Today in History

Today in History: March 29

Ice Jam on the Niagara

Niagara Falls
Niagara Falls, General View from Hennepin Point, Winter, 1914.
Taking the Long View: Panoramic Photographs, 1851-1991

An enormous ice dam formed at the source of the Niagara River on the eastern shore of Lake Erie on March 29, 1848. Just after midnight, the thunderous sound of water surging over the great falls at Niagara came to a haltĀ as the flow of water became severely restricted due to the ice jam. The eerie silence persisted throughout the day and into the next evening until the waters of Lake Erie broke through the blockage and resumed their course down the river and over the falls.

American Falls
American Falls from Goat Island, Niagara, circa 1908.
Touring Turn-of-the-Century America: Photographs from the Detroit Publishing Company, 1880-1920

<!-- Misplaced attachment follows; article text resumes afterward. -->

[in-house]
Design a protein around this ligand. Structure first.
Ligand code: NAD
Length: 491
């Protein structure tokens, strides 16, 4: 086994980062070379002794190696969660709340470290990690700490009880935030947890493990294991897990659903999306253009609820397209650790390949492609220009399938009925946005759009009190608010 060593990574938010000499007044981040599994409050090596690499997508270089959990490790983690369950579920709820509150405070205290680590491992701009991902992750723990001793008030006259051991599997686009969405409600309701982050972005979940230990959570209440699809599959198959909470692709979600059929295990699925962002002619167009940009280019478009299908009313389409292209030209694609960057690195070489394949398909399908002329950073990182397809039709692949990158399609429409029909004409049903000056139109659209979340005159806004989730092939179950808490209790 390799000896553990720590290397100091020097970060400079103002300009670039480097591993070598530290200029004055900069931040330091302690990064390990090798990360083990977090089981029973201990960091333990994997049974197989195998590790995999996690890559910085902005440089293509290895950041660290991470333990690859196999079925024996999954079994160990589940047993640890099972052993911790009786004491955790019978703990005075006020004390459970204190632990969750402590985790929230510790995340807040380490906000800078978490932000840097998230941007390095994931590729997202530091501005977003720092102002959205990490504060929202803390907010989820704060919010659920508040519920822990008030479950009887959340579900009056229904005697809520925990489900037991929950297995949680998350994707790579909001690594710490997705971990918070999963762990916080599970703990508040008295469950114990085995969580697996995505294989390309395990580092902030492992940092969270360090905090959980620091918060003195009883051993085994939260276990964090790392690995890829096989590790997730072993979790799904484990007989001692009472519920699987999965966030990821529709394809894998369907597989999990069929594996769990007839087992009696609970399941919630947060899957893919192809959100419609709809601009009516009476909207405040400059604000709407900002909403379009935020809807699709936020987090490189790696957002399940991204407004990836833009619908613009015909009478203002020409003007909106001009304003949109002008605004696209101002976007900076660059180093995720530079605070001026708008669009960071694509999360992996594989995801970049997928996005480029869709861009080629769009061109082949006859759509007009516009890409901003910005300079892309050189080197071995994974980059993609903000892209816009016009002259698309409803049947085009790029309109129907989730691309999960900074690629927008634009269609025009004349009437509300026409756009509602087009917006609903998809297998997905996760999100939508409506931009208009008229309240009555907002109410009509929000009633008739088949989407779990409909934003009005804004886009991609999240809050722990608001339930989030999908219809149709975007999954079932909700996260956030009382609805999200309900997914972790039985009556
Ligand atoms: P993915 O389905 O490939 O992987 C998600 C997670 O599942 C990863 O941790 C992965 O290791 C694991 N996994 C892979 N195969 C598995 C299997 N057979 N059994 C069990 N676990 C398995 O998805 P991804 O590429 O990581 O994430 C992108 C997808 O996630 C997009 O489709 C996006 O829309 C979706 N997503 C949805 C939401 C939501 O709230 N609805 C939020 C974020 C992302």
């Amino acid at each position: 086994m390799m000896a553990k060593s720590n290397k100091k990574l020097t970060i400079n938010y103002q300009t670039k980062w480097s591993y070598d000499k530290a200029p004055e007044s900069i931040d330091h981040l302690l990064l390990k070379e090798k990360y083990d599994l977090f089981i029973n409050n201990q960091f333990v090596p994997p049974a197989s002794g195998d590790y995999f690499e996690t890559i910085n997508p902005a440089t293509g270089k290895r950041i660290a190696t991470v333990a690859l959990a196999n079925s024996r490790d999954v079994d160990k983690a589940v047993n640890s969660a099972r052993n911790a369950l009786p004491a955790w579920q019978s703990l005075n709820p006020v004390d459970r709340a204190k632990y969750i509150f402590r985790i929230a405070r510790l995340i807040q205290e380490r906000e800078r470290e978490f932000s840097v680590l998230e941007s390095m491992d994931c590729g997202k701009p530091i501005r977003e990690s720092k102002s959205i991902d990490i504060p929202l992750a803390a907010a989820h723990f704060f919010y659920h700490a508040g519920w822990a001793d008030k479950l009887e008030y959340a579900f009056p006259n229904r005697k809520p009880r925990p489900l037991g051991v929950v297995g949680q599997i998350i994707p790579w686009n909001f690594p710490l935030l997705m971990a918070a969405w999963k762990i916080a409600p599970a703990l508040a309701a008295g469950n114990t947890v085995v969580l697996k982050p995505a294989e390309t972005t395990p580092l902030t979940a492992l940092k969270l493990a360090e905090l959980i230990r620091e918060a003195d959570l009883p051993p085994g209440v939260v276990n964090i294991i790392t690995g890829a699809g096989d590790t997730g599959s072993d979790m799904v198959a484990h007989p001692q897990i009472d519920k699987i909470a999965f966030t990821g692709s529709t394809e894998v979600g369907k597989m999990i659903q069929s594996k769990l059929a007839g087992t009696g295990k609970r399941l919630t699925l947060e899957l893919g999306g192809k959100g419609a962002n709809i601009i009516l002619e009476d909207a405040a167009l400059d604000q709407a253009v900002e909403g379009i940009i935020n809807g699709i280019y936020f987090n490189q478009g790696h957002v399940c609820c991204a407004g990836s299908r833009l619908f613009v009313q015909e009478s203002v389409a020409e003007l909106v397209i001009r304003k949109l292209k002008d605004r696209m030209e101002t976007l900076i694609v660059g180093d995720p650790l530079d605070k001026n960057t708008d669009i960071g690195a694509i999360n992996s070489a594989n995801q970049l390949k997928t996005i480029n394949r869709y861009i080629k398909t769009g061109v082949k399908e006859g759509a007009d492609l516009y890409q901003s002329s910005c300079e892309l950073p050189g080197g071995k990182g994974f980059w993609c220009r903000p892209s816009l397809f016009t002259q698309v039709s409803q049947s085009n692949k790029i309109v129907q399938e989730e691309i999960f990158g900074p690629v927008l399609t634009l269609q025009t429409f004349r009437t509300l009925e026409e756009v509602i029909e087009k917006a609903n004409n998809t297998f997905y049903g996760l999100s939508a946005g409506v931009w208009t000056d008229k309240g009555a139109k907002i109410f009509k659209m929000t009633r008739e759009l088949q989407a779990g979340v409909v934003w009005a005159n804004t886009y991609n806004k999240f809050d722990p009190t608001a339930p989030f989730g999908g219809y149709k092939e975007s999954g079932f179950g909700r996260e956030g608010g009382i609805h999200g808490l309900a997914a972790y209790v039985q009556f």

By 1848, Niagara Falls was already a popular tourist spot, attracting thousands of visitors each summer. Daguerreotypist Platt Babbitt set up a studio and began taking images of tourists watching the falls in 1853.

The commercial development of the land surrounding the falls sparked a movement to preserve the falls' natural beauty through public ownership. These efforts culminated in the July 15, 1885, opening of the 400-acre Niagara Reservation State Park. Now known as the Niagara Falls State Park, it is the oldest state park in the country.

In his address at the opening of the park, James T. Carter, an eminent New York lawyer and legal scholar, made an eloquent plea for the preservation, through public ownership, of scenic wonders. "These visions of Infinite Beauty here unfolded to the eye are not a property," Carter insisted, "but a shrine—a temple erected by the hand of the Almighty for all the children of men." Carter's address is featured in The Evolution of the Conservation Movement, 1850-1920.